I don’t have to tell you guys – parenting is hard hard hard work.
A single day can hold so much, can’t it?
There’s the subtle disrespect and the blatant type too. The kid who helps his sister do the chores and the same kid who cries later because his sister won’t share her flashlight. The continual reminding to get their tasks completed and the endless questions about what’s for dinner and why does this have to happen on that day and why can’t that other thing happen instead and where should this go and what do you think we should do with this. The mess that trails and plagues our home every hour on the hour. The clean up and the mess making that is a steady cycle on repeat.
All of this is true.
In one day, sun up to sun down.
Of course there’s the good too. In the same day. Shared laughter over nonsense words. Trivia games at lunch over tomato soup and grilled cheese. Capable kids who do not need my help to ensure their breakfast is served and consumed.
Today we took a little hike at a nearby state park. Satisfied the boys’ longing to throw a fishing line in water. (Which, in turn, dissatisfied the girls’ longing to not watch their brothers fish.) Found an old school merry go round, or as I like to call it, a sick maker. (Or arm breaker. Whichever.)
This new system I’ve attempted to begin of actually having separate bedtimes for the two age ranges here has met with some favor – from the 12 and up crowd, of course. And some strong disfavor from the ten year old. The eight year old hardly has an opinion as he is asleep as his face is heading the direction of the pillow each night anyway. But what it has created amongst the big three has been a fun renewal in their companionship and camaraderie.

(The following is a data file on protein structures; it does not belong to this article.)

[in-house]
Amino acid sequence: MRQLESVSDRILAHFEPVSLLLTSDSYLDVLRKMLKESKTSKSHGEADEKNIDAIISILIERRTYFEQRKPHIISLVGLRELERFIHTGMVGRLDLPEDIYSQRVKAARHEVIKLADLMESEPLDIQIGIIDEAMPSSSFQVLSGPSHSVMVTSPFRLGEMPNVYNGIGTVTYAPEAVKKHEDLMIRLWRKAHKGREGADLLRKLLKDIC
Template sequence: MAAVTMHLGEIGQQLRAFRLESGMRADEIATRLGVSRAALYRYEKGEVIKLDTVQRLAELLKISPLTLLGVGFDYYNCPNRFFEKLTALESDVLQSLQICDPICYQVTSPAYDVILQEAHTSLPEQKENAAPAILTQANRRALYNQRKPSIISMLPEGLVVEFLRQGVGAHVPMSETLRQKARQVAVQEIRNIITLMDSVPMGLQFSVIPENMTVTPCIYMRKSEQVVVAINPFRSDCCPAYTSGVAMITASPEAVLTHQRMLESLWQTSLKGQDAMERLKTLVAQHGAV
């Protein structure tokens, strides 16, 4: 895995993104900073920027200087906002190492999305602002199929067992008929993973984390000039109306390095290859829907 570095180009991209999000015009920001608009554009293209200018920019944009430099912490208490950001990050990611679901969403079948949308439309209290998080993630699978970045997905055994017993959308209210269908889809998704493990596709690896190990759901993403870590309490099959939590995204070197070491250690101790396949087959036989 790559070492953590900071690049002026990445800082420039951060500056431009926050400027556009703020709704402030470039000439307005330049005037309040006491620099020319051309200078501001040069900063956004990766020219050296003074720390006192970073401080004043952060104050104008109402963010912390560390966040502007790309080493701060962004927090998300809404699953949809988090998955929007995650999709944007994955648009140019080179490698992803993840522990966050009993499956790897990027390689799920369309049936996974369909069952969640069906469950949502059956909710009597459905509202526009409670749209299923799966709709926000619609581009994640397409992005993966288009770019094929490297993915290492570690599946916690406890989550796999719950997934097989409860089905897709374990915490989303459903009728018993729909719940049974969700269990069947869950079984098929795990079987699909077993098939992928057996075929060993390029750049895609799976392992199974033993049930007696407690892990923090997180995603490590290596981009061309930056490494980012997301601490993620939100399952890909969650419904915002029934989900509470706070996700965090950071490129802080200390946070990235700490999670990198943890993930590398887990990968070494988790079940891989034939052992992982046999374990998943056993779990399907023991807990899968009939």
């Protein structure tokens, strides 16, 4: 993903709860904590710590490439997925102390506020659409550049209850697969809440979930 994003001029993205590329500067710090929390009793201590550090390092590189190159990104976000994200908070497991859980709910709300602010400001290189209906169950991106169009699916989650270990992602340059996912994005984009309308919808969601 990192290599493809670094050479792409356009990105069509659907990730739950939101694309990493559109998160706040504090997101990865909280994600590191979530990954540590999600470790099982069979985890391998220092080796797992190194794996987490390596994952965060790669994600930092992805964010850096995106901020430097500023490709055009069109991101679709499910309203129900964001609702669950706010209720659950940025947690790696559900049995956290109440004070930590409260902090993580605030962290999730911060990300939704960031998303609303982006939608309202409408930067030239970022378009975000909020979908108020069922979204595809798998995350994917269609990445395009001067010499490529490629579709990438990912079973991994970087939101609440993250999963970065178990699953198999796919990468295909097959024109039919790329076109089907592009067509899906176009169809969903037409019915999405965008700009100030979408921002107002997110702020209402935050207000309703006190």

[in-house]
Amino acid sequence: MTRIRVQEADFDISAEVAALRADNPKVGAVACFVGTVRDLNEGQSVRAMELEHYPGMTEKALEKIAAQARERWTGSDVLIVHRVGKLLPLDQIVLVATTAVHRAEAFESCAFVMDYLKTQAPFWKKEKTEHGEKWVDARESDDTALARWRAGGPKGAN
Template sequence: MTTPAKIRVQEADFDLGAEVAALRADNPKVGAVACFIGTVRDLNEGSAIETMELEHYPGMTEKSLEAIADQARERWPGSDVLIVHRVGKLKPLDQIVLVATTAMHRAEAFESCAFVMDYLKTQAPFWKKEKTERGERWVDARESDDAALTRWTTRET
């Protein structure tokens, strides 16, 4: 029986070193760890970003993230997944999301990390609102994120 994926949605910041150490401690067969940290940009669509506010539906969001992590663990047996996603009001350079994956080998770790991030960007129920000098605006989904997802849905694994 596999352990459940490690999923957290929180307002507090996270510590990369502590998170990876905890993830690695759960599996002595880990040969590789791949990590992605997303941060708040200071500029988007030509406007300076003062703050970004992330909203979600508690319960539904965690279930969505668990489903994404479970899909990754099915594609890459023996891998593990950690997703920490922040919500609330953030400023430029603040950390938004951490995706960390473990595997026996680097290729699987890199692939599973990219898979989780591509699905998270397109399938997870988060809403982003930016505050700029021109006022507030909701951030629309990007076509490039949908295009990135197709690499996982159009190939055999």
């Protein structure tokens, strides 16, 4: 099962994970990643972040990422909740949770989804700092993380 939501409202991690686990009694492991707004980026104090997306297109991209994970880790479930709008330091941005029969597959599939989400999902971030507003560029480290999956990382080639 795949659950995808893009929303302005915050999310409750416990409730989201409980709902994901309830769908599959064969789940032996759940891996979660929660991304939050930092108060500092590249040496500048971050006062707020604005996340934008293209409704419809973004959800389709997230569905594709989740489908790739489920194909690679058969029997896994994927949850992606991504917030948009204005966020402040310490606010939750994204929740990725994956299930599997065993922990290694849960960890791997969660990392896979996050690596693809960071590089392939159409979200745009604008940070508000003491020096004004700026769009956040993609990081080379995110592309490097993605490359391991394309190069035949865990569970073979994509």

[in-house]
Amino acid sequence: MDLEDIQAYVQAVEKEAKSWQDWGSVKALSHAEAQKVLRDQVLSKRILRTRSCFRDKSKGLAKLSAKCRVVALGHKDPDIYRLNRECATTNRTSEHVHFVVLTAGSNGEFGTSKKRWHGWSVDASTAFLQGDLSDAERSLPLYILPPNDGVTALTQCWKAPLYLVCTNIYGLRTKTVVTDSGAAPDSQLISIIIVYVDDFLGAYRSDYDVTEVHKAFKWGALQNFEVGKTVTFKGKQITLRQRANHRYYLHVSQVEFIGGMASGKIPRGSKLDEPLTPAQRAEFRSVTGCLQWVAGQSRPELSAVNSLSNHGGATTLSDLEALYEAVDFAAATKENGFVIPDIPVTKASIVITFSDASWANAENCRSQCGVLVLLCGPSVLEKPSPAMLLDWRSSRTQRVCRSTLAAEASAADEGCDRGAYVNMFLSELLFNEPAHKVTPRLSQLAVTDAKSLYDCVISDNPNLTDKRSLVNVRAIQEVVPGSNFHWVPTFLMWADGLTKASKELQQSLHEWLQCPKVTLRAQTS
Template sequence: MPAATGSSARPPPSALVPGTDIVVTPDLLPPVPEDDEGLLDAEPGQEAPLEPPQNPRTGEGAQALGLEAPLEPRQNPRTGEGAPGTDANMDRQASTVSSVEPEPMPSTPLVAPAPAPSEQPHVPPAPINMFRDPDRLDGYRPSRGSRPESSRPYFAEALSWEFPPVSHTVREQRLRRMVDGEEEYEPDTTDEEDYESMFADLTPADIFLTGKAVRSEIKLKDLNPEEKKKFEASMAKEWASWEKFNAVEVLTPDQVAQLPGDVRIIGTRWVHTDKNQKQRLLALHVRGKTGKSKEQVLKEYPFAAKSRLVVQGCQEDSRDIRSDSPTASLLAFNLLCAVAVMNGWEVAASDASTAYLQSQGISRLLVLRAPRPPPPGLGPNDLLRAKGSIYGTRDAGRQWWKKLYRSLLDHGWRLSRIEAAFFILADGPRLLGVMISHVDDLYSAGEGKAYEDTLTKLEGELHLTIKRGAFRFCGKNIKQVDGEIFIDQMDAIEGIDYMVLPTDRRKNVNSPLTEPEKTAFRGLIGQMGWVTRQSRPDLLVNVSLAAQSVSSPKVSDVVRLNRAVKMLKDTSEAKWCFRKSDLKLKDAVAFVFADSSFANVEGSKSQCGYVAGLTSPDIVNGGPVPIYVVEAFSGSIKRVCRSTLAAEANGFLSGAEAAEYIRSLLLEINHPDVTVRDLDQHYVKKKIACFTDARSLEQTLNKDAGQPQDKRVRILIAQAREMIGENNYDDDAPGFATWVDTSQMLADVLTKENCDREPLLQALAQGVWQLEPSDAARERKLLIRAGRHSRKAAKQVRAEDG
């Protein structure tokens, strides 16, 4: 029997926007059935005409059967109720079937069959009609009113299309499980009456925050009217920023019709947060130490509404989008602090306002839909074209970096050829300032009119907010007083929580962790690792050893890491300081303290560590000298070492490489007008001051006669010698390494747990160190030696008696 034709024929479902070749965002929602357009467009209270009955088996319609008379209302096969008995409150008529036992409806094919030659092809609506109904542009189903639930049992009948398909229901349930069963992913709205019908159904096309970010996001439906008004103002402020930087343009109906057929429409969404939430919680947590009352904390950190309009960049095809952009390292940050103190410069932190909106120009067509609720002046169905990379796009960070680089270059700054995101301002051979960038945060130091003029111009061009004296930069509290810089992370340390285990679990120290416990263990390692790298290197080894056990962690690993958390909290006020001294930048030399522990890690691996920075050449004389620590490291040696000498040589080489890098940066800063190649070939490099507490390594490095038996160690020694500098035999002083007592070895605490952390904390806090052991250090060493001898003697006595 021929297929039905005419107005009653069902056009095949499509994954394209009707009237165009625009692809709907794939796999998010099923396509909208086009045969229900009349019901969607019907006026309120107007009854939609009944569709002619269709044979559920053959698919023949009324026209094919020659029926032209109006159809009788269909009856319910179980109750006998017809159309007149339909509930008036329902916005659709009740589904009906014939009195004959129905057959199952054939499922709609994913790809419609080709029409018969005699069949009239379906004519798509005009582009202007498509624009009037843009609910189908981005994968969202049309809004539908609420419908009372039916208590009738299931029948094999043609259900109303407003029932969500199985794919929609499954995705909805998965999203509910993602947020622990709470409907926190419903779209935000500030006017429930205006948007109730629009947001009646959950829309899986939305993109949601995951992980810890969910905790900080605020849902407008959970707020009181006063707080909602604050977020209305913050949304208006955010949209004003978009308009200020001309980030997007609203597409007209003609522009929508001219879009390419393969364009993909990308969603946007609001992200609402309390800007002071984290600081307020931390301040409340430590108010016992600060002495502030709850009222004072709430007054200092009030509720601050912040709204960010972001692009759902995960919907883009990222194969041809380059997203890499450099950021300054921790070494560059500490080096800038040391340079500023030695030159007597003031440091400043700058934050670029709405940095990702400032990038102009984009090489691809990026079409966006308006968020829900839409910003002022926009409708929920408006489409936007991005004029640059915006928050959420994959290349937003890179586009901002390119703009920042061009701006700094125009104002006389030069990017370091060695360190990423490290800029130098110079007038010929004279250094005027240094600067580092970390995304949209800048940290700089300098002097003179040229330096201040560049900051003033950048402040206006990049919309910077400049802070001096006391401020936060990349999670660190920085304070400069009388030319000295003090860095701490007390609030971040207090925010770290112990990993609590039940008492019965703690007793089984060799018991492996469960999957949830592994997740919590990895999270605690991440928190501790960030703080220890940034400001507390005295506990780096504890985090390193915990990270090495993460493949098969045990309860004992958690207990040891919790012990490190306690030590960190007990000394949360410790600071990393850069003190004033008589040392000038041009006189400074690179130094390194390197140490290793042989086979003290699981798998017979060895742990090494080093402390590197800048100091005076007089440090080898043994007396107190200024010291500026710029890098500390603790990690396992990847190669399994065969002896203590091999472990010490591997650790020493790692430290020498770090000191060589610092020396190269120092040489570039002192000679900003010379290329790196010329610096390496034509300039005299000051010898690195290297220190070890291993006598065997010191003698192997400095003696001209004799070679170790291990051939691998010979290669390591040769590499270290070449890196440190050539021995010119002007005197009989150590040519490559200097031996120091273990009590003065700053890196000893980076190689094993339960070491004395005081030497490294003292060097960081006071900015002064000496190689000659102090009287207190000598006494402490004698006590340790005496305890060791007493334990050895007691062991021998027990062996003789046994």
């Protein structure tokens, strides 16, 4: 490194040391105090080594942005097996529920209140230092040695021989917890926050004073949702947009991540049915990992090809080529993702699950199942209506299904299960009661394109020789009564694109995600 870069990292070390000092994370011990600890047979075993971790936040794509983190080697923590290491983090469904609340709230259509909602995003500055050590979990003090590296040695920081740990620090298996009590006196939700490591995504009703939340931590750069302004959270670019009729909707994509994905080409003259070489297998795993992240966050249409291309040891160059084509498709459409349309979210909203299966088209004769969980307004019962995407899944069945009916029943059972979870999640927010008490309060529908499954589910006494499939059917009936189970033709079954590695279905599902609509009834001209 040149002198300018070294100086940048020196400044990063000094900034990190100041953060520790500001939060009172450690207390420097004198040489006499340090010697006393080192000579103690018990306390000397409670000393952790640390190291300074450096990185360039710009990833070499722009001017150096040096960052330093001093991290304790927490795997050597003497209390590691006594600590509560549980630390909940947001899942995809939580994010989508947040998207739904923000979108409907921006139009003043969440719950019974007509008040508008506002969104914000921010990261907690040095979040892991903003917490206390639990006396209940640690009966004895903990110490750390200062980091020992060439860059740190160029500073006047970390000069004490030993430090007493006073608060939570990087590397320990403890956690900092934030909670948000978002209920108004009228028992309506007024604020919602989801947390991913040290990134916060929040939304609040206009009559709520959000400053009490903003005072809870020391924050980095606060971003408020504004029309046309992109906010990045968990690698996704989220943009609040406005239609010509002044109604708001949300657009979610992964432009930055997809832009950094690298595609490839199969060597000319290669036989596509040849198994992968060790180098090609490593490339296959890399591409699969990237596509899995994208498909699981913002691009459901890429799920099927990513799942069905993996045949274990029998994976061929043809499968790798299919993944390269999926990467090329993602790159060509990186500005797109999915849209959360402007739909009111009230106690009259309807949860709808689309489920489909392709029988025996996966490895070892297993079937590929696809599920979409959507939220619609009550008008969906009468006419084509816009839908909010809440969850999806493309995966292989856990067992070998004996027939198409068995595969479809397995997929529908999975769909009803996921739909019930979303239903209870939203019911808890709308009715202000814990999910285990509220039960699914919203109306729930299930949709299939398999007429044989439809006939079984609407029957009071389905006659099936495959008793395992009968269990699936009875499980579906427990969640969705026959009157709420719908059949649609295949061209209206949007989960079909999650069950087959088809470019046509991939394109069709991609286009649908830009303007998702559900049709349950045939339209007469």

They’re playing Spicy Uno with their extra hour. They’re laughing and creating inside jokes. Tonight they baked bread. Yeah – that was poor timing and really too late to begin such an undertaking, but if you’ve ever had three teenagers (well, one is almost a teenager) who wanted to actually do something like bake bread together, you’d sort of be a moron to say no. I even heard London utter a phrase that I wanted to bottle. A sentence I wanted to freeze in time – like write the letters across the air in the kitchen where we were all standing. “I love being homeschooled,” her mouth said. I tried to remain chill. (My inner voice whispering, “Play it cool, Mom. Play. It. Cool.”) And Bergen said, “Yeah, it’s fun.”
I wisely left the room but listened with both my ears and my heart from the next room undetected because that same kid today was a less than eager hiking participant. I guess it’s all both and everything and nothing, isn’t it? Parenting. And life. Teenagers. And grown ups.
We’re still circling around and dancing slow and awkward and just figuring out where to put our feet and just when we hit our groove, well, I guess then is probably exactly when I’ll be shopping for towels for college or decorations for their dorm or a used Craigslist sofa for their new apartment.
And so deep sighs and picking up shoes left on the stairs and hugging tall as me kids good night and singing favorite songs to the baby of us all and making giant pots of spaghetti and inviting extra kids over to watch movies is what I’ll keep doing tomorrow and the next day, until the sofas need buying and the towels need purchasing and the dorm rooms steal their attention.
Parenting. You know it’s not for the weak or the weary, even when it makes us both.